Tokyo Governor Welcomes a Nod of Support From the Party She Defeated
(Bloomberg) -- If Tokyo Governor Yuriko Koike wants to attend both the opening and closing ceremonies of next year’s Olympics, she may need to win a second term first. Her current term ends in the middle of the Games.
That may be one reason why Koike is welcoming recent gestures of support from Japan’s ruling party, a bloc she quit and once attempted to take down. Toshihiro Nikai, the secretary general of the Liberal Democratic Party, told reporters earlier this month that he would provide her full support if she seeks another four-year term.
“To receive strong support from the national ruling parties, the LDP and Komeito, is positive for Tokyo,” Koike, 66, told Bloomberg Television on Wednesday. She declined to confirm whether she would run again, saying only that she was focused on preparations for the 2020 Olympics.
Koike’s embrace of Nikai’s endorsement is surprising because she led a rebellion against the long-ruling LDP three years ago that captured the public’s imagination and propelled her into the governor’s office. The former defense and environmental minister then formed her own political group and thrashed the LDP again in a race for the male-dominated local Tokyo assembly in 2017.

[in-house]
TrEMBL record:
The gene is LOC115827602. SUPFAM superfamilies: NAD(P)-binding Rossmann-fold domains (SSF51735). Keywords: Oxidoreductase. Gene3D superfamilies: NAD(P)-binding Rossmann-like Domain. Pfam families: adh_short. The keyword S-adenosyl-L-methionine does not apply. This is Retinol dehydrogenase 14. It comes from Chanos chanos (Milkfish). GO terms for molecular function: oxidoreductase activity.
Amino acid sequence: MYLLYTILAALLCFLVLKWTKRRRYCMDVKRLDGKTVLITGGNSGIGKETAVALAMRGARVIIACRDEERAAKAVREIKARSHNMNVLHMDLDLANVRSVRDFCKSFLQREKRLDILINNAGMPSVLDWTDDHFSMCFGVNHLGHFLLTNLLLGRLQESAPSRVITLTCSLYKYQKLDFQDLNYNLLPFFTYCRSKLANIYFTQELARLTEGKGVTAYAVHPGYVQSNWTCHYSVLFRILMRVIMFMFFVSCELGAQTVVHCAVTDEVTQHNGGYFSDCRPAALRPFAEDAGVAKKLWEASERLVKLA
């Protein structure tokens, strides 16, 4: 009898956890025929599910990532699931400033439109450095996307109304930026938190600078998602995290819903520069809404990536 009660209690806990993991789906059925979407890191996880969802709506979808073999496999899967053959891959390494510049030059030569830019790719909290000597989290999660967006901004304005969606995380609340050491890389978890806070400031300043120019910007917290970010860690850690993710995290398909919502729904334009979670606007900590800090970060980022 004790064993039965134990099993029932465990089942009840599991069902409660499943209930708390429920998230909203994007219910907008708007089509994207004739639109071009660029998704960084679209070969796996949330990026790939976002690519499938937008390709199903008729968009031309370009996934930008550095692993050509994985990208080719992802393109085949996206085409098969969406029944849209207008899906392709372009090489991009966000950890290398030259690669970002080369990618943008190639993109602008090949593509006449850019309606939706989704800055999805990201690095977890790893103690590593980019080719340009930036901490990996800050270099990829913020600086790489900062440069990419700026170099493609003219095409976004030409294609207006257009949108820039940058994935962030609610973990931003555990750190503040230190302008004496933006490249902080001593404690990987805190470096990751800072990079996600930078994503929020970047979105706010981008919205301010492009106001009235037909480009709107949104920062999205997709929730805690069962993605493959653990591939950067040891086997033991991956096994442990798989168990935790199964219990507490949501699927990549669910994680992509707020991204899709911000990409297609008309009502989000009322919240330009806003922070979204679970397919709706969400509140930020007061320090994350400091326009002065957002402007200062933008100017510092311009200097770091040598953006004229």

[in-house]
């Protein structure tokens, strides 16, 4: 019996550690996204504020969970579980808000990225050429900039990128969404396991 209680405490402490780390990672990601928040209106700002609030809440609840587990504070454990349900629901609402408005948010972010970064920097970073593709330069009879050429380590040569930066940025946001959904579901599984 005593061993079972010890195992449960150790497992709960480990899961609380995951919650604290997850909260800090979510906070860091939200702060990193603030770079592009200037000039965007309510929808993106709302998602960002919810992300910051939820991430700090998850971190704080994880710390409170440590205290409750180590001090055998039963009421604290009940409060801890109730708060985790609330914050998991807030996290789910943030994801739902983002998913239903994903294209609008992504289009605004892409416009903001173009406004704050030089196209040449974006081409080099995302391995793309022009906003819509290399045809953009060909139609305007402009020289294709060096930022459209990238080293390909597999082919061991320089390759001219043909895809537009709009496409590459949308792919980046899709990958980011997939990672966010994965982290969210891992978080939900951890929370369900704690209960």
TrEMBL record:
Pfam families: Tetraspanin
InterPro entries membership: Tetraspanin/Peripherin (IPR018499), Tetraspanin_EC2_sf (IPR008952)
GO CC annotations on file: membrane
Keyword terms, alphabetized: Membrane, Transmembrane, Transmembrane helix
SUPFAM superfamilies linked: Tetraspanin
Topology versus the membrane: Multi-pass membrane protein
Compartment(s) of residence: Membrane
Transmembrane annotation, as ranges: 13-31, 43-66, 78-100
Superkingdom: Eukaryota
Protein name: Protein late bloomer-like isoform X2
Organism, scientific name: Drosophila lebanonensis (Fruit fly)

Koike’s term ends July 30, 2020, halfway through the Tokyo Olympics. She might need LDP support to help avoid an embarrassing change of leadership during the capital’s biggest event in decades, although it’s possible the government could change the election date to avoid clashing with the global sporting event.
Koike, who was also once a journalist, had a long history of switching parties before becoming the first woman to run for the leadership of the LDP. While her policies often differ little from Prime Minister Shinzo Abe’s, she has lamented its inability to change.
At the height of her popularity, Abe headed off the threat to his national leadership by calling a snap general election in October 2017 before she had a chance to prepare -- consolidating his power in a landslide victory. Since then, Koike has largely avoided national politics.
“There were a lot of things I wanted to do at the national level, but I couldn’t manage to bring them about,” she said. “So I decided to do things in this mega city, the capital of Japan, that I couldn’t do at the national level,” she added, citing anti-smoking measures and promoting women as examples.
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